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The Contemporary Evolution of Southeast Asian Agriculture
Since the early 1960s, Southeast Asia countries have satisfied local demand for food while catering increasingly to the world market for agricultural produce, primarily through the export of industrial crops. Local production of food, particularly rice, has kept pace with population growth, while a massive intensification of cultivation along with territorial expansion of the agricultural realm have improved food security as a whole, although not for every country in the region. Expansion is also occurring in the maritime domain, with aquaculture growing even faster than land-based cultivation. Both forms of expansion have increased pressure on environmental resources, especially on forests, including coastal stands of mangrove. Countries in the region gambling higher production levels can be sustained without jeopardizing regional food security, and the stakes are very high. Gambling with the Land surveys and analyzes the production and trade of major agricultural crops throughout Southeast Asia between 1960 and the first decade of the 21st century. After reviewing the post-colonial role of agriculture in the eight major agricultural countries -- Burma, Thailand, Laos, Cambodia, Vietnam, Malaysia, Indonesia and the Philippines -- the authors examine regional patterns of population growth and agricultural employment, positioning the region within broader world trends. Their carefully documented investigation highlights a number of salient processes as characteristics of the region's still rapidly expanding agricultural sector, and evaluates future prospects based on current trends.
Japanese Women and the Search for Self in a Changing Nation
Gambling with Virtue rings with the voices of women speaking openly about their struggle to be both modern and Japanese in the late twentieth century. It brings to the fore the complexity of women's everyday lives as they navigate through home, work, and community. Meanwhile, women fashion selves that acknowledge and challenge the social order. Nancy Rosenberger gives us their voices and experiences interspersed with introductions to public ideas of the last three decades that contribute significantly to the opportunities and risks women encounter in their journeys. Rosenberger uses the stage as a metaphor to demonstrate how everyday life requires Japanese women to be skilled performers. She shows how they function on stage in their accepted roles while effecting small but significant changes backstage. Over the last thirty years, Japanese women have expanded their influence and extended this cultural process of multiple arenas to find compromises between the old virtues of personhood and new ideals for self. They conform, maneuver, and make choices within these multiple stages as they juggle various concerns and desires. By the 1990s their personal choices have made a difference, calling into question the very nature of these multiple arenas.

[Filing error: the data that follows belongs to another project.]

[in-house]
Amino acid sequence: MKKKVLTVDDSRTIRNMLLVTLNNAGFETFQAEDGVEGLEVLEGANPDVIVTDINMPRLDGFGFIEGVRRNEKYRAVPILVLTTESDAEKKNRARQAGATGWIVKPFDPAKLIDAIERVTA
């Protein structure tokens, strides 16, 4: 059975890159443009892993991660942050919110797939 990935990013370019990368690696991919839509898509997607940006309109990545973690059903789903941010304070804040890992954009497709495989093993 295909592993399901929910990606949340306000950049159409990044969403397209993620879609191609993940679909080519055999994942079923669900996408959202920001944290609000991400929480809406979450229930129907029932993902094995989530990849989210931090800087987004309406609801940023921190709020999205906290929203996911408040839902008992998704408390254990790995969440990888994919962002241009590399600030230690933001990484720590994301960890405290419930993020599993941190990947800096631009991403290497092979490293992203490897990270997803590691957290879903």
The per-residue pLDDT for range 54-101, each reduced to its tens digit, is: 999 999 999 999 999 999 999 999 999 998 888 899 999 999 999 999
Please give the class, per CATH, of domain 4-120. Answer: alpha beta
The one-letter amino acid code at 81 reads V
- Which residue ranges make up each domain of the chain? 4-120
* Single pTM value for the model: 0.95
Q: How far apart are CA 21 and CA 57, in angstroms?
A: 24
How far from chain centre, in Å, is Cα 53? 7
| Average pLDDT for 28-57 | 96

Essays and Other Prose
Praise for Lawrence Joseph: "Poetry of great dignity, grace, and unrelenting persuasiveness… Joseph gives us new hope for the resourcefulness of humanity, and of poetry." ---John Ashbery "Like Henry Adams, Joseph seems to be writing ahead of actual events, and that makes him one of the scariest writers I know." ---David Kirby, The New York Times Book Review "The most important lawyer-poet of our era." ---David Skeel, Legal Affairs A volume in the Poets on Poetry series, which collects critical works by contemporary poets, gathering together the articles, interviews, and book reviews by which they have articulated the poetics of a new generation. Essays on poetry by the most important poet-lawyer of our era The Game Changed: Essays and Other Prose presents works by prominent poet and lawyer Lawrence Joseph that focus on poetry and poetics, and on what it is to be a poet. Joseph takes the reader through the aesthetics of modernism and postmodernism, a lineage that includes Wallace Stevens, William Carlos Williams, and Gertrude Stein, switching critical tracks to major European poets like Eugenio Montale and Hans Magnus Enzensberger, and back to American masters like James Schuyler and Adrienne Rich. Always discerning, especially on issues of identity, form, and the pressures of history and politics, Joseph places his own poetry within its critical contexts, presenting narratives of his life in Detroit, where he grew up, and in Manhattan, where he has lived for 30 years. These pieces also portray Joseph’s Lebanese, Syrian, and Catholic heritages, and his life as a lawyer, distinguished law professor, and legal scholar.
Dean Smith, Charlie Scott, and the Era That Transformed a Southern College Town
Among many legendary episodes from the life and career of men's basketball coach Dean Smith, few loom as large as his recruitment of Charlie Scott, the first African American scholarship athlete at the University of North Carolina at Chapel Hill. Drawn together by college basketball in a time of momentous change, Smith and Scott helped transform a university, a community, and the racial landscape of sports in the South. But there is much more to this story than is commonly told. In Game Changers, Art Chansky reveals an intense saga of race, college sport, and small-town politics. At the center were two young men, Scott and Smith, both destined for greatness but struggling through challenges on and off the court, among them the storms of civil rights protest and the painfully slow integration of a Chapel Hill far less progressive than its reputation today might suggest. Drawing on extensive personal interviews and a variety of other sources, Chansky takes readers beyond the basketball court to highlight the community that supported Smith and Scott during these challenging years, from assistant basketball coach John Lotz to influential pastor the Reverend Robert Seymour to pioneering African American mayor Howard Lee. Challenging many myths that surround this period, Chansky nevertheless offers an ultimately triumphant portrait of a student-athlete and coach who ensured the University of North Carolina would never be the same.